Biden administration warns businesses not to hack back against cyberattackers

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The Biden administration is warning private digital defenders not to hack back against cyberattackers, amid a crush of breaches hammering American businesses and citizens.

Amb. Nathaniel C. Fick told The Washington Times that neither a Wall Street bank nor a large defense contractor spending $1 billion yearly on cybersecurity can successfully fight the military and intelligence services of China, Russia, and other state-sponsored attackers.

At a Hudson Institute event on Wednesday, the inaugural leader of the State Department’s cyberspace bureau urged private cybersecurity professionals not to try fighting hostile nations.

“We really need companies not to pick fights that only the government can then finish,” Mr. Fick told The Times on Wednesday. “That’s where I draw the bright red line.”

Hostile foreign adversaries have continued to put Americans and civilian networks in their cyber crosshairs.

For example, high-level current and former U.S. intelligence officials, media executives and national security scholars were targeted by North Korean hackers in a malicious cyber campaign unearthed by The Times earlier this month.

The State Department also partnered with the FBI, National Security Agency, and South Korean government agencies to publish an advisory warning of social engineering and hacking threats posed by North Korean hackers this month. 

Mr. Fick said there needs to be a red line between government and corporate activity in cyberspace.

Asked by The Times whether hacking back is on the menu of appropriate responses to such malicious cyber campaigns, Mr. Fick said offensive cyber activity is a tool of national power available to the government similar to other military, intelligence, economic, diplomatic and informational tools.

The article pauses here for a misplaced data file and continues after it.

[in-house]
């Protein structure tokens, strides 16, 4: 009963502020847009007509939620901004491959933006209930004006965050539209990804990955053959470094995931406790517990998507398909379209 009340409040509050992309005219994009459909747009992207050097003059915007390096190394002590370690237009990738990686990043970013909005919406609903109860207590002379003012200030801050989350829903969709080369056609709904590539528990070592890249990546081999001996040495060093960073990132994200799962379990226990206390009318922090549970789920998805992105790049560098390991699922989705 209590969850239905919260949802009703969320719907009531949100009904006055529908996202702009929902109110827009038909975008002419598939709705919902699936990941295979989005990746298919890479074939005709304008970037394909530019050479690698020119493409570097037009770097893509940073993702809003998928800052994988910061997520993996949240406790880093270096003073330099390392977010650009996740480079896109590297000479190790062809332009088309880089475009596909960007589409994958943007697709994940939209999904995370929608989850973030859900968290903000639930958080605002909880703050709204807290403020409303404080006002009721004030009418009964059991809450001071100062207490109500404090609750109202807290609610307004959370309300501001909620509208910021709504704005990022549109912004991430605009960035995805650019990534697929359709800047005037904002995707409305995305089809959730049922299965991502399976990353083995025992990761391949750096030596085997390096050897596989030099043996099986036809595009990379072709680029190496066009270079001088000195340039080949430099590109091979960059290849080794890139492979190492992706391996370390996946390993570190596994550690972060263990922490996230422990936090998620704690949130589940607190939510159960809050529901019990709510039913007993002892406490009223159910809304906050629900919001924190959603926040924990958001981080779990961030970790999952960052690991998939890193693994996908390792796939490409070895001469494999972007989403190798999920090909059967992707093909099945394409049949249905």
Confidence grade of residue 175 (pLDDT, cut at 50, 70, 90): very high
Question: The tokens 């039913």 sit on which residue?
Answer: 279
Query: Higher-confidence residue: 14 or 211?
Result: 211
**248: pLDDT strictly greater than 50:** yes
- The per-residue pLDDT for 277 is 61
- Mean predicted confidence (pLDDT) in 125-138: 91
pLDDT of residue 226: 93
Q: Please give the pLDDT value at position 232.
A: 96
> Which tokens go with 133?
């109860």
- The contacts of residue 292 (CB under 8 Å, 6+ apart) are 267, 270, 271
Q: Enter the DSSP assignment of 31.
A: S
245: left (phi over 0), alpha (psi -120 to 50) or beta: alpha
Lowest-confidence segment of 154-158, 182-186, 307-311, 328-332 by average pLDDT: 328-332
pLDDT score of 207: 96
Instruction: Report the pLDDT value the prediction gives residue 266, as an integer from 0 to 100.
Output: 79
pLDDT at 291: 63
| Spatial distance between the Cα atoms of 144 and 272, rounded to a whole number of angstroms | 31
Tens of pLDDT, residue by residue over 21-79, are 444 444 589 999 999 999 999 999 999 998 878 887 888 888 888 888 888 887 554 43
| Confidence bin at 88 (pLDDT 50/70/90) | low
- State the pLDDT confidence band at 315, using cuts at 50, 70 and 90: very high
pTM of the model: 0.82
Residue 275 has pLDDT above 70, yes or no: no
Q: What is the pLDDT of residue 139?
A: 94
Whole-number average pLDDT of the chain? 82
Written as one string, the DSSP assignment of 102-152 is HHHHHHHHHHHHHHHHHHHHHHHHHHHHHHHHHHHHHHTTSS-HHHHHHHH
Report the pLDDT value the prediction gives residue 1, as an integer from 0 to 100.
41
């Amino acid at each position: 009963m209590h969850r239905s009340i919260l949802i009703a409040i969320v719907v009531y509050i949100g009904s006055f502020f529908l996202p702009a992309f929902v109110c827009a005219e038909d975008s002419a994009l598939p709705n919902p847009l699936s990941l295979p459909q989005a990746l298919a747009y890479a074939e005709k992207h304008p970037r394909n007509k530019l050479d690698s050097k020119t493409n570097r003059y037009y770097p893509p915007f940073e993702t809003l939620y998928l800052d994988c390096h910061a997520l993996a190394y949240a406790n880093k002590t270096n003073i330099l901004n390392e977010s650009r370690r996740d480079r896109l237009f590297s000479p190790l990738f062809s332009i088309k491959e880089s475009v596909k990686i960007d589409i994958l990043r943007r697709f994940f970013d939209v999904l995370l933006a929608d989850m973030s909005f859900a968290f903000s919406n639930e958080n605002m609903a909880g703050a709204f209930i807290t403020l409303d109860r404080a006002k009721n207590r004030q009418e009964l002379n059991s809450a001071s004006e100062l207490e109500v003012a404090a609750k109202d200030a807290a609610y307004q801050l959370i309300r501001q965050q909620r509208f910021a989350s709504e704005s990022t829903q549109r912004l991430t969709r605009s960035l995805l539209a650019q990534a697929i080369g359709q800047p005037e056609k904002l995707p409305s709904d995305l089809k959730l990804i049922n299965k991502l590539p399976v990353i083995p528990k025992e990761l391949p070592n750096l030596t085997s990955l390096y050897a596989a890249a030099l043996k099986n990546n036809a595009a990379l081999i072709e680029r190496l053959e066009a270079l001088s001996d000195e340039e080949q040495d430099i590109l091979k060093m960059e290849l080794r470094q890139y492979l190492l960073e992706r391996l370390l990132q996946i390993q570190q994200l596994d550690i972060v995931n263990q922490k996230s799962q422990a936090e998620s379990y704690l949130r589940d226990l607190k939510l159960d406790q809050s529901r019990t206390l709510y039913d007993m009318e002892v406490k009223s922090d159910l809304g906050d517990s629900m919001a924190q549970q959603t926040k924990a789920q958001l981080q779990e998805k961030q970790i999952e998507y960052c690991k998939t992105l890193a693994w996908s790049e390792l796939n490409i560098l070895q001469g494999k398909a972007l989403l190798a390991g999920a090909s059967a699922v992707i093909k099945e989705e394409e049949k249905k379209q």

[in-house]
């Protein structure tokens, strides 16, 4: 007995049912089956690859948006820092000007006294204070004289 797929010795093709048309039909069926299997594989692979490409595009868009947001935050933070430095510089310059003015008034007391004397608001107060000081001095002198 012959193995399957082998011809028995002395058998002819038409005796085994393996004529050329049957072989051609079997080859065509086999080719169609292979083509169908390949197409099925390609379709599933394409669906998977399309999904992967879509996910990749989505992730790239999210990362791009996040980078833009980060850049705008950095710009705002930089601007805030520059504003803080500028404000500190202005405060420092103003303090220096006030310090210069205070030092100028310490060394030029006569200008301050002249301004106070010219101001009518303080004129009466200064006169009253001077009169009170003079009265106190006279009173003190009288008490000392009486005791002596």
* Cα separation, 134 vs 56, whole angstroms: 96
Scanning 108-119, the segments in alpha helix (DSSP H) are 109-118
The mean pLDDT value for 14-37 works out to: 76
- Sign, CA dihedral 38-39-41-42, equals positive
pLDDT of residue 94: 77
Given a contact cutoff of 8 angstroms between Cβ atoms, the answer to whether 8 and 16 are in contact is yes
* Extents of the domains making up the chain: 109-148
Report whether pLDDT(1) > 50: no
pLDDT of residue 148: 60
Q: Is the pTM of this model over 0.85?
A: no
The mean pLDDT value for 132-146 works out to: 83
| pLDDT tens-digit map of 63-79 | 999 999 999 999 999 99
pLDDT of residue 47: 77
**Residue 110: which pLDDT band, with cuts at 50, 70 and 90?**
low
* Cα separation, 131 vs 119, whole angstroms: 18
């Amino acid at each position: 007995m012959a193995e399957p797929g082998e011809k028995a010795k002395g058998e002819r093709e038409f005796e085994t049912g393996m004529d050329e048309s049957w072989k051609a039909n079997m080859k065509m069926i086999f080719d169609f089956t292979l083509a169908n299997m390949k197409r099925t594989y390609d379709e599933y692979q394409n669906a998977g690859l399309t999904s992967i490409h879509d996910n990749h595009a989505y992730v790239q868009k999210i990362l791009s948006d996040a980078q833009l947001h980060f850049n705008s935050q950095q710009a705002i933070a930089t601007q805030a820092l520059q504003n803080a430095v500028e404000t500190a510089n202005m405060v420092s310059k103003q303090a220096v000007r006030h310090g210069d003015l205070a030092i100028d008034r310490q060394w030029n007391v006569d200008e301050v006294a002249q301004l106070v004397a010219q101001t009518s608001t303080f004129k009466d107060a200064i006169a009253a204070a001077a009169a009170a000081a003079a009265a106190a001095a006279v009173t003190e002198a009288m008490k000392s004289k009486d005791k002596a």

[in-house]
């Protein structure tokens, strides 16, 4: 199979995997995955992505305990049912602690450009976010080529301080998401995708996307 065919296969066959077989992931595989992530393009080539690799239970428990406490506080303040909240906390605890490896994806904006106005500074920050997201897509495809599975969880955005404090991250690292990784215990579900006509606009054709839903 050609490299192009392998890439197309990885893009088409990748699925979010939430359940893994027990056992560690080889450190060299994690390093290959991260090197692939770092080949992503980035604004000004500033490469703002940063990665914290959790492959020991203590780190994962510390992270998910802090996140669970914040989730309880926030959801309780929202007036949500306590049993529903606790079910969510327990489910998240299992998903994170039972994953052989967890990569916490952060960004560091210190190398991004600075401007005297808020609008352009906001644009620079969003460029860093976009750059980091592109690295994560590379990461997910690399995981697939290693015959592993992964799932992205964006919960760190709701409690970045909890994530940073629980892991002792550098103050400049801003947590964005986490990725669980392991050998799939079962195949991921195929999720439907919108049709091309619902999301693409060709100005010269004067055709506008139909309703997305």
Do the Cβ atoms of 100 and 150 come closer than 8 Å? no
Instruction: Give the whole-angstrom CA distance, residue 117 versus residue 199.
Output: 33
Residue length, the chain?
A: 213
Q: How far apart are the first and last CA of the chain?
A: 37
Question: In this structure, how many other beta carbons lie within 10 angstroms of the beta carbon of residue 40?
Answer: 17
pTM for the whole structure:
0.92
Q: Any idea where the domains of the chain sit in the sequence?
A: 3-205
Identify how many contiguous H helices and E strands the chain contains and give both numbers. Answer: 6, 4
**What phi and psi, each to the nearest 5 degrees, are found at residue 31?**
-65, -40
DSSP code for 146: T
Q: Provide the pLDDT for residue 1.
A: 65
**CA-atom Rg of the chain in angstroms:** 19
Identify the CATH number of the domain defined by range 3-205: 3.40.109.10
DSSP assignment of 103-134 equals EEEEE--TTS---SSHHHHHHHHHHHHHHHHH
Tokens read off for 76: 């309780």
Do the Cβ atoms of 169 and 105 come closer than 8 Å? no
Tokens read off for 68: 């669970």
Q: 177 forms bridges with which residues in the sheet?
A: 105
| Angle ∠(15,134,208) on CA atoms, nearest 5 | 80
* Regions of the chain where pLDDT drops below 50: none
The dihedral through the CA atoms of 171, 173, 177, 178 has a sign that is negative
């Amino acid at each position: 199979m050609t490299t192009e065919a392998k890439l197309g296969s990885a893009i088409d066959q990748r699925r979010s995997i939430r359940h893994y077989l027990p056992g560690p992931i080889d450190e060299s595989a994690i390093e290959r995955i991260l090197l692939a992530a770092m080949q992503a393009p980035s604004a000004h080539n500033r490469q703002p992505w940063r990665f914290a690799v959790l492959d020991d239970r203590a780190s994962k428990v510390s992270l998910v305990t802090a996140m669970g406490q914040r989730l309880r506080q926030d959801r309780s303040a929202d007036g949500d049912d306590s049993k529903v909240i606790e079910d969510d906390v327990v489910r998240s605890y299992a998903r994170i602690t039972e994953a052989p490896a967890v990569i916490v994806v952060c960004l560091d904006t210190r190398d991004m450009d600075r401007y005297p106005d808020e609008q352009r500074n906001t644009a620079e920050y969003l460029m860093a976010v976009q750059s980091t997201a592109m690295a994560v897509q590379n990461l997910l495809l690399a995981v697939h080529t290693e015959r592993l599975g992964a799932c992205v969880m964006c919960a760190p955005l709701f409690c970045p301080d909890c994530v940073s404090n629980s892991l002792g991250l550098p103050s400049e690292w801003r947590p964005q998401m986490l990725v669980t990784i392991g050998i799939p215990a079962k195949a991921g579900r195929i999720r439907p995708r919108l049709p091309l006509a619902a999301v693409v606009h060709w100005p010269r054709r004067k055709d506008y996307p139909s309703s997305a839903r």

“There needs to be robust democratic oversight within the context of the rule of law but these are legitimate operations that can absolutely advance our national interests and they’re one of many tools at our policymakers’ disposal,” Mr. Fick said.

Mr. Fick said the U.S. government must have monopoly power on the legitimate use of force in American society, otherwise the digital world will descend into vigilantism.

Policymakers around the world are working to define where a cyber red line should be drawn. The German government’s new National Security Strategy adopted this month said it fundamentally rejected using hack-backs for cyber defense.

In the aftermath of the Russia-linked DarkSide ransomware gang’s attack on major U.S. fuel supplier Colonial Pipeline in 2021, President Biden sought to draw red lines around American networks to deter Russian attackers. But hacks and breaches emanating from hackers linked to Russia have continued.

Congress also has considered whether to erase cyber red lines. Two senators proposed directing the Department of Homeland Security in 2021 to study the benefits and risks of letting private companies hack back against cyberattackers.

The bill from Sens. Sheldon Whitehouse, Rhode Island Democrat, and Steve Daines, Montana Republican, stalled. But foreign cyberattacks did not.

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